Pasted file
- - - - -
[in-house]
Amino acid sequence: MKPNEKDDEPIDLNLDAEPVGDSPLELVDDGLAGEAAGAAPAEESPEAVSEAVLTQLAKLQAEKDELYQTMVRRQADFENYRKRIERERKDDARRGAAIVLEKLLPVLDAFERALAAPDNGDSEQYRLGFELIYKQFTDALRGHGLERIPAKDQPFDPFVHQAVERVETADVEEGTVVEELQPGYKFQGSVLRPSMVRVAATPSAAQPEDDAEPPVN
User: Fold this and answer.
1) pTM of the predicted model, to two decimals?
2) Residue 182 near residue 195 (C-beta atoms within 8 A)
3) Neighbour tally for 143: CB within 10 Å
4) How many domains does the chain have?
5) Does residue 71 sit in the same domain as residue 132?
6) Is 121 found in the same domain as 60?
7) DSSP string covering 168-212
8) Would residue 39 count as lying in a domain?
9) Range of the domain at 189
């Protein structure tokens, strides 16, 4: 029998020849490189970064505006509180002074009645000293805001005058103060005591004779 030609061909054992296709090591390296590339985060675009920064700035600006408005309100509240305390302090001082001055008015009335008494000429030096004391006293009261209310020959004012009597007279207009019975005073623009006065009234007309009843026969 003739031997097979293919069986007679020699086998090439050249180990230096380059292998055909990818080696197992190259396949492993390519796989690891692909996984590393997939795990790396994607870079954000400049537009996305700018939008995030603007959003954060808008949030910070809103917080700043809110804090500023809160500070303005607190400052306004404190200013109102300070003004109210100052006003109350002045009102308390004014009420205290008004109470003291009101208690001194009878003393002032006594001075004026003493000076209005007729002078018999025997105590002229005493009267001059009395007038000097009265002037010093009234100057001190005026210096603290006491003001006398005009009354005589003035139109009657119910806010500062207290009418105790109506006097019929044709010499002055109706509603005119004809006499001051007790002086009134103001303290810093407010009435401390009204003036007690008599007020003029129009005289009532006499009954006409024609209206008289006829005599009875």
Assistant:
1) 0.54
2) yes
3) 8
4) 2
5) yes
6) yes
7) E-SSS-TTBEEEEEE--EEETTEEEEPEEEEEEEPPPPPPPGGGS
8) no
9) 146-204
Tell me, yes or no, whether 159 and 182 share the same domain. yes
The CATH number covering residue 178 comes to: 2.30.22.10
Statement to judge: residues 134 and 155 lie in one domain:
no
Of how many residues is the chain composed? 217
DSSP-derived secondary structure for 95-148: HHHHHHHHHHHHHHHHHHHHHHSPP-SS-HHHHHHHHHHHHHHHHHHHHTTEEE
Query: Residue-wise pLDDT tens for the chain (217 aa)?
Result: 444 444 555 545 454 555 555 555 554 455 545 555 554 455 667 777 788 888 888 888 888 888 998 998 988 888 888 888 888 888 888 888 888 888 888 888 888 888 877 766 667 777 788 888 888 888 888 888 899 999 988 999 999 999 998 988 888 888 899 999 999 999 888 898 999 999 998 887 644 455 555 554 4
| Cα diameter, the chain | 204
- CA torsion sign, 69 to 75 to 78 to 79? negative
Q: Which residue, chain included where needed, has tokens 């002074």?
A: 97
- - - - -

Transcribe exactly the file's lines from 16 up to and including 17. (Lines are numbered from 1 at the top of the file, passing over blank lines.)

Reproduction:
2) yes
3) 8